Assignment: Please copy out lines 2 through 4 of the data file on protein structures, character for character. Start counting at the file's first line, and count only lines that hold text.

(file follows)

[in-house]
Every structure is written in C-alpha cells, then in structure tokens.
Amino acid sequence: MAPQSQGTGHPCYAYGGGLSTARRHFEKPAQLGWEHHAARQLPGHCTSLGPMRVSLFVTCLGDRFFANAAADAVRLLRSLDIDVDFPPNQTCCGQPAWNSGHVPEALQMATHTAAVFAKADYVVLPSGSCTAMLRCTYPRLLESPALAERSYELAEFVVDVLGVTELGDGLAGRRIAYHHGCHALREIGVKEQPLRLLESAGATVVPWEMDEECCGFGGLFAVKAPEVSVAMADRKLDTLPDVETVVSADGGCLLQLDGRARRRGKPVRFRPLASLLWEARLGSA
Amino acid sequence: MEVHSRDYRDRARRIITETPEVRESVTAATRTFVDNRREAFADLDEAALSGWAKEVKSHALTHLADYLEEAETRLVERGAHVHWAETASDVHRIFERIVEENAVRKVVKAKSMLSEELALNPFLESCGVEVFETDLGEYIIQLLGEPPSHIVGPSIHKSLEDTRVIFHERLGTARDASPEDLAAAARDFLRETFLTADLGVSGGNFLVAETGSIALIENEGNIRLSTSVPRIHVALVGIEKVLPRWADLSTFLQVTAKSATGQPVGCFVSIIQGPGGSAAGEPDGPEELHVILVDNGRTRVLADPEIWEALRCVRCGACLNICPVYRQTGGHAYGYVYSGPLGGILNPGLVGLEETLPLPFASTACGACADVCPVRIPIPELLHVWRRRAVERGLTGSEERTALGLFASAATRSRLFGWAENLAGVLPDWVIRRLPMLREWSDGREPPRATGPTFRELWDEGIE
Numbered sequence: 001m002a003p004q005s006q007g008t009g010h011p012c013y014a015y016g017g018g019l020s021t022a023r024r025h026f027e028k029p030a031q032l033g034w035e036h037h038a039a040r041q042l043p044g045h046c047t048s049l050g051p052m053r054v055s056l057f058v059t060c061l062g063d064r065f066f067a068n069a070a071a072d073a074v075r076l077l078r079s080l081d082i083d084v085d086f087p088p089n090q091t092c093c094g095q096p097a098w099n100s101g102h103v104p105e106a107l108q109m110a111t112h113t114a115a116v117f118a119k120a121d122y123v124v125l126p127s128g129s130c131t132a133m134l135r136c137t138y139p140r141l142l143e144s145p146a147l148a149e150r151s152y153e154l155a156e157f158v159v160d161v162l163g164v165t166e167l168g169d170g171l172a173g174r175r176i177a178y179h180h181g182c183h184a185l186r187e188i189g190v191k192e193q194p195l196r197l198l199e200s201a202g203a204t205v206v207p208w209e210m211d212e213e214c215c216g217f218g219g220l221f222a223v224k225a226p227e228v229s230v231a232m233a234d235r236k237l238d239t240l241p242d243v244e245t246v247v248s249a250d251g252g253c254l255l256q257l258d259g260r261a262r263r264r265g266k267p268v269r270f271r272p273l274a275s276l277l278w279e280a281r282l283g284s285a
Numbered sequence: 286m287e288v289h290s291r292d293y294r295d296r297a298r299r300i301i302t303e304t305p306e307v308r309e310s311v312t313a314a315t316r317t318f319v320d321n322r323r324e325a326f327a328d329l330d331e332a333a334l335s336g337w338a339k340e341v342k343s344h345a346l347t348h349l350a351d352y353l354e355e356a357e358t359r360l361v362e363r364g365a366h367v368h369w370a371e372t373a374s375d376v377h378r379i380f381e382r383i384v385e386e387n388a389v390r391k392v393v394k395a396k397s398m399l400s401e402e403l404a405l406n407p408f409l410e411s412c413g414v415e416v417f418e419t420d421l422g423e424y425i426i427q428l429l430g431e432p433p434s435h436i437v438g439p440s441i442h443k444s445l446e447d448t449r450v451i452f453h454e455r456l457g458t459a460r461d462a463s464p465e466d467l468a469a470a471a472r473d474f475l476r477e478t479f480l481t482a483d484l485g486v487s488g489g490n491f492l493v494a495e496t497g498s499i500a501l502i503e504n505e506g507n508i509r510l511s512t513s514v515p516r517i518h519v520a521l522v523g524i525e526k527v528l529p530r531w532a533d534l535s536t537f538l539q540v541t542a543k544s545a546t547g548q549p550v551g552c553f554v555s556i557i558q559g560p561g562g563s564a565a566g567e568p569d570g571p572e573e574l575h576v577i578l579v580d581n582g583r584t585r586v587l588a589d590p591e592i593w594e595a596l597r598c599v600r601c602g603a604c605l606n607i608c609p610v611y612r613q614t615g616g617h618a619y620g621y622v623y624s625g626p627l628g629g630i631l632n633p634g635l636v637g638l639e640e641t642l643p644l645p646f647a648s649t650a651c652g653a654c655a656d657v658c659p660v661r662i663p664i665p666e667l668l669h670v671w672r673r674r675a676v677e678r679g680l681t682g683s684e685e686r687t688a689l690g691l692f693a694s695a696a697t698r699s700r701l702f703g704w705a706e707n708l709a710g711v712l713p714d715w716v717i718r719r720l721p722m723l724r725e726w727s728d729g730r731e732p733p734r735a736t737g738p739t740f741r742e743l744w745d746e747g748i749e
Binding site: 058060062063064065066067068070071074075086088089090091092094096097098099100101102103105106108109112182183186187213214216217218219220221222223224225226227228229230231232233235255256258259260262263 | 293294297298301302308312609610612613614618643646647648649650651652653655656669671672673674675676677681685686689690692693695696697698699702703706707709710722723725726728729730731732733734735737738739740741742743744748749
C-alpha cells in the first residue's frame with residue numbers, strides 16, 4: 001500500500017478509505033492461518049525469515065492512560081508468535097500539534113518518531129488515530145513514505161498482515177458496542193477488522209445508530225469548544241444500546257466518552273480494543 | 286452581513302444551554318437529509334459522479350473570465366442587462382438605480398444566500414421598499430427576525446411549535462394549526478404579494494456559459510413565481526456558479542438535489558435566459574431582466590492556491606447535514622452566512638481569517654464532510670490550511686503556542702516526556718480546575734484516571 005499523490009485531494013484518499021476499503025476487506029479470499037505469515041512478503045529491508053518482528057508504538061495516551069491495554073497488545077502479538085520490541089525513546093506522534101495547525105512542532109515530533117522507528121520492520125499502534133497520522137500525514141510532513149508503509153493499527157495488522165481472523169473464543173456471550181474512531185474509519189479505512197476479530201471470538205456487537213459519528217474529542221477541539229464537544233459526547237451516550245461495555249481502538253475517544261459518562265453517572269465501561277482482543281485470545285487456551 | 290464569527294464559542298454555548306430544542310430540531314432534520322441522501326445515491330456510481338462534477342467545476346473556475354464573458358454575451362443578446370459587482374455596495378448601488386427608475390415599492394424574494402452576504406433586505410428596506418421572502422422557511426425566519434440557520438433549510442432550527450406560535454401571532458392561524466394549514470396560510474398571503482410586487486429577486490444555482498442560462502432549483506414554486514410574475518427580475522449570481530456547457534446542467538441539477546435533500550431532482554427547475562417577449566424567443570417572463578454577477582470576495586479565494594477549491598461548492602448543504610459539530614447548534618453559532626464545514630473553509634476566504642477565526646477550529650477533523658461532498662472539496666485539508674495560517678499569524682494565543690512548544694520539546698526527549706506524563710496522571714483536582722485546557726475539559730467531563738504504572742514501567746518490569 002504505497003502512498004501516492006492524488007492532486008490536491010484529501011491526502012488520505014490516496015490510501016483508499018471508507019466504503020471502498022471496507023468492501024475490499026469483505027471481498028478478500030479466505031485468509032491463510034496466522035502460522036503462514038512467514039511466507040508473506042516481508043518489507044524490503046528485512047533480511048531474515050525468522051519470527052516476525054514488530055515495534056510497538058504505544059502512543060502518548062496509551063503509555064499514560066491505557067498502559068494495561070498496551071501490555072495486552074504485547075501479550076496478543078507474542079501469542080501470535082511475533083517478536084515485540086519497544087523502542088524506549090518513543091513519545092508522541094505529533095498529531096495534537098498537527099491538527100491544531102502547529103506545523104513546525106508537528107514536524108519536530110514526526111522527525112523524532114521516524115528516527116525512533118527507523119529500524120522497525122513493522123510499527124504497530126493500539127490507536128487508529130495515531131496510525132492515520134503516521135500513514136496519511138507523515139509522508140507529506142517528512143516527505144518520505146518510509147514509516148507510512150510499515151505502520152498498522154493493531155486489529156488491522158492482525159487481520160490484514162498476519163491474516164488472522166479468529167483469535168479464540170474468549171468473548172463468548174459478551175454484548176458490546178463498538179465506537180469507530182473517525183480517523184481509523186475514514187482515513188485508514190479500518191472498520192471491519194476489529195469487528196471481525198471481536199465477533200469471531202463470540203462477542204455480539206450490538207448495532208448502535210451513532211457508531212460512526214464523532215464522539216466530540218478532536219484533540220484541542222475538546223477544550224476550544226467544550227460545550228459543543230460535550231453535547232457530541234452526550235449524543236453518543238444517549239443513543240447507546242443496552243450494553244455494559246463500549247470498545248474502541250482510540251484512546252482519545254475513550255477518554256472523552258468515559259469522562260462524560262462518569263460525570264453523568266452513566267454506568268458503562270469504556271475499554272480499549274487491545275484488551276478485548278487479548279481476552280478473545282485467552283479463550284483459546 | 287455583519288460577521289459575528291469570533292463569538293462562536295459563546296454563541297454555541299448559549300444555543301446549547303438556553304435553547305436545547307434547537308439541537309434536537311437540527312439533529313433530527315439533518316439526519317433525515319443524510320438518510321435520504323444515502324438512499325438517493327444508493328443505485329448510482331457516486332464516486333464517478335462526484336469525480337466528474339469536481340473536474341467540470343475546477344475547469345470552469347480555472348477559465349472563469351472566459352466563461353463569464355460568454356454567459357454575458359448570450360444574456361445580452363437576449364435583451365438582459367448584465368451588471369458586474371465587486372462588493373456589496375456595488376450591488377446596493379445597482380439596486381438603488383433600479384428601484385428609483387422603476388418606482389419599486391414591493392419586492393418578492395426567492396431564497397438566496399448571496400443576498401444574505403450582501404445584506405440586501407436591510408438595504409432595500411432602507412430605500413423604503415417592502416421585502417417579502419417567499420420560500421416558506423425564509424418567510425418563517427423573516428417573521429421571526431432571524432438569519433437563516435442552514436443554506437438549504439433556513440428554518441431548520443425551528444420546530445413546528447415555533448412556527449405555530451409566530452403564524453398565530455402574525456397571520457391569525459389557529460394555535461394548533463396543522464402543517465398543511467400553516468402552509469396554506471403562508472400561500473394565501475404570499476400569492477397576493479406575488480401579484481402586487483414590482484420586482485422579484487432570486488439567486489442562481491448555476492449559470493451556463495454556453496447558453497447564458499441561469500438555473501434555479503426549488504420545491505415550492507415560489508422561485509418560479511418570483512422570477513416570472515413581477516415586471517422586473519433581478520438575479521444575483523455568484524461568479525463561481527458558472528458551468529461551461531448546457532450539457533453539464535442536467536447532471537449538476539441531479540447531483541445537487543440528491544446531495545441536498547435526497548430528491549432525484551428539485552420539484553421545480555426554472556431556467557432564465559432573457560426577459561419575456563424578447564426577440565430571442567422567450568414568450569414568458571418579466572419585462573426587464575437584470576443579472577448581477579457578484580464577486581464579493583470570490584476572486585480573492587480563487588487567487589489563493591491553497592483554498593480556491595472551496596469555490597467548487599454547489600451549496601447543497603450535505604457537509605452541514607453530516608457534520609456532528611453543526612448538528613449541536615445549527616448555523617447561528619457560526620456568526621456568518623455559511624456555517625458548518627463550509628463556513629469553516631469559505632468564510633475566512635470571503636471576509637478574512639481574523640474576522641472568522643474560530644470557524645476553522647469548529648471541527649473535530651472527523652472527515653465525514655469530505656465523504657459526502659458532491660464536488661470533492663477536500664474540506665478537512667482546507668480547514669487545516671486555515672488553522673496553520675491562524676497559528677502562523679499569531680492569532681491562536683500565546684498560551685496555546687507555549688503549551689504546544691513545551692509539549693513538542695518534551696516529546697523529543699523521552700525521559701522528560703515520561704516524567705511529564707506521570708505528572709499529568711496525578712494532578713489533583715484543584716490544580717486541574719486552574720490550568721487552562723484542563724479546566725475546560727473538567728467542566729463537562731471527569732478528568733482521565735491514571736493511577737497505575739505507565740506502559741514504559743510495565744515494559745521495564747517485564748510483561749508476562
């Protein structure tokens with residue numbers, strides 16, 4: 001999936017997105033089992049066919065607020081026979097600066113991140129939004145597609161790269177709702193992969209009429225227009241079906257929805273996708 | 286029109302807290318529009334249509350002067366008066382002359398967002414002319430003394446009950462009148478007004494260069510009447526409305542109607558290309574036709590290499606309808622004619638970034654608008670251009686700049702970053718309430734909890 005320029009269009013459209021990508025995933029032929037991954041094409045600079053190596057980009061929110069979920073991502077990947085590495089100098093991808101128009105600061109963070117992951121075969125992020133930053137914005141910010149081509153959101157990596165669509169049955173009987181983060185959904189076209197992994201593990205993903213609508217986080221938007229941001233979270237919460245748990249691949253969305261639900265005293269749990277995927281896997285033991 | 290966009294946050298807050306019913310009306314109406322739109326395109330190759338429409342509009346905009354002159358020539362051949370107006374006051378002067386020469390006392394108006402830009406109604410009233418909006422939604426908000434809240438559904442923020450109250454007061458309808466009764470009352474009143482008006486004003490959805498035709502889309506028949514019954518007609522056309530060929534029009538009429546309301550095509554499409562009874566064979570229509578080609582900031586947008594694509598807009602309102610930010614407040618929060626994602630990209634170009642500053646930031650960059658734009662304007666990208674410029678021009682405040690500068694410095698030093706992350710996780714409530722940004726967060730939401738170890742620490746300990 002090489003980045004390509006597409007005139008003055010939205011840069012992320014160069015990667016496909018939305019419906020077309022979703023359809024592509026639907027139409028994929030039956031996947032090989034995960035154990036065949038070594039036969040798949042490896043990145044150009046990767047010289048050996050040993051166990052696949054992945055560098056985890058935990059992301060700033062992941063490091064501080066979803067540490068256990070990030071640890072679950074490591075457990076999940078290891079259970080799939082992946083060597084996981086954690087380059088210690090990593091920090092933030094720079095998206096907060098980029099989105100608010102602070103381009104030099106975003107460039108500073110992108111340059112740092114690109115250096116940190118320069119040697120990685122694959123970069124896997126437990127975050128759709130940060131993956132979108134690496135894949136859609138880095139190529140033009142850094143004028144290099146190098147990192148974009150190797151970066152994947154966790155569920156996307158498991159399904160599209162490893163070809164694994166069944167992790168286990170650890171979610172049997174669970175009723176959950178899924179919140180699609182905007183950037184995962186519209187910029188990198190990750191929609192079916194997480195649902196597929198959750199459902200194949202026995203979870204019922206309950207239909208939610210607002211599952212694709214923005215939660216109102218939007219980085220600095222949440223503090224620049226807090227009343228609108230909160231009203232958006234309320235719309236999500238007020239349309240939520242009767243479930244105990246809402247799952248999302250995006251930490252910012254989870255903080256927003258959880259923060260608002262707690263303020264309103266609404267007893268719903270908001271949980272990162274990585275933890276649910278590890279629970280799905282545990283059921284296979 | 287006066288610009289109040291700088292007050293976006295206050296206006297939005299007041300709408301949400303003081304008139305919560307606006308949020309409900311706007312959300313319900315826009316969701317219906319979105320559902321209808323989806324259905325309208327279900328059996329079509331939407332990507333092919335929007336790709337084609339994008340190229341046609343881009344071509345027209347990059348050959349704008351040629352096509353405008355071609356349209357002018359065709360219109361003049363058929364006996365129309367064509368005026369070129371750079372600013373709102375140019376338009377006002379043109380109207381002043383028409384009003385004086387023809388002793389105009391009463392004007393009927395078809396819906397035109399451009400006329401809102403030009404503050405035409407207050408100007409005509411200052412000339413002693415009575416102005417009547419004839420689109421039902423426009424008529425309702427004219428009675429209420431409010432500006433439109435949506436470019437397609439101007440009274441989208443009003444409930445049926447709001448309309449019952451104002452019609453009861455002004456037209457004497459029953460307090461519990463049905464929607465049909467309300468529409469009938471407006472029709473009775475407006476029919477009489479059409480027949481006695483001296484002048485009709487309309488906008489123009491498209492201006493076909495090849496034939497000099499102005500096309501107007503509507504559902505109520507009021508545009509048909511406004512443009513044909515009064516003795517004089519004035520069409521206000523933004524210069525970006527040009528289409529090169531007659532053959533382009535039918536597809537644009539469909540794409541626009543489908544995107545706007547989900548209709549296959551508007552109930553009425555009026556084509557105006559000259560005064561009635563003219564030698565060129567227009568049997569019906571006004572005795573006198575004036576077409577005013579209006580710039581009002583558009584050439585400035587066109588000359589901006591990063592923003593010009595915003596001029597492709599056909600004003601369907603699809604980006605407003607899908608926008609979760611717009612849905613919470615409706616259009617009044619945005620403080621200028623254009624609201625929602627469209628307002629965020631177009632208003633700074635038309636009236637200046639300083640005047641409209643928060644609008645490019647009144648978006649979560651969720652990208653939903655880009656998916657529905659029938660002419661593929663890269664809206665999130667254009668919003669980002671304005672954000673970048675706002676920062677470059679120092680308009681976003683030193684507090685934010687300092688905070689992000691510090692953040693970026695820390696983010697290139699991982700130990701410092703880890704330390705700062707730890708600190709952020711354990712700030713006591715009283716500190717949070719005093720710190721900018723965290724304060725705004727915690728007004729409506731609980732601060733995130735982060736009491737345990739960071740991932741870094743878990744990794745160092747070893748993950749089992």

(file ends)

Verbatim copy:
Every structure is written in C-alpha cells, then in structure tokens.
Amino acid sequence: MAPQSQGTGHPCYAYGGGLSTARRHFEKPAQLGWEHHAARQLPGHCTSLGPMRVSLFVTCLGDRFFANAAADAVRLLRSLDIDVDFPPNQTCCGQPAWNSGHVPEALQMATHTAAVFAKADYVVLPSGSCTAMLRCTYPRLLESPALAERSYELAEFVVDVLGVTELGDGLAGRRIAYHHGCHALREIGVKEQPLRLLESAGATVVPWEMDEECCGFGGLFAVKAPEVSVAMADRKLDTLPDVETVVSADGGCLLQLDGRARRRGKPVRFRPLASLLWEARLGSA
Amino acid sequence: MEVHSRDYRDRARRIITETPEVRESVTAATRTFVDNRREAFADLDEAALSGWAKEVKSHALTHLADYLEEAETRLVERGAHVHWAETASDVHRIFERIVEENAVRKVVKAKSMLSEELALNPFLESCGVEVFETDLGEYIIQLLGEPPSHIVGPSIHKSLEDTRVIFHERLGTARDASPEDLAAAARDFLRETFLTADLGVSGGNFLVAETGSIALIENEGNIRLSTSVPRIHVALVGIEKVLPRWADLSTFLQVTAKSATGQPVGCFVSIIQGPGGSAAGEPDGPEELHVILVDNGRTRVLADPEIWEALRCVRCGACLNICPVYRQTGGHAYGYVYSGPLGGILNPGLVGLEETLPLPFASTACGACADVCPVRIPIPELLHVWRRRAVERGLTGSEERTALGLFASAATRSRLFGWAENLAGVLPDWVIRRLPMLREWSDGREPPRATGPTFRELWDEGIE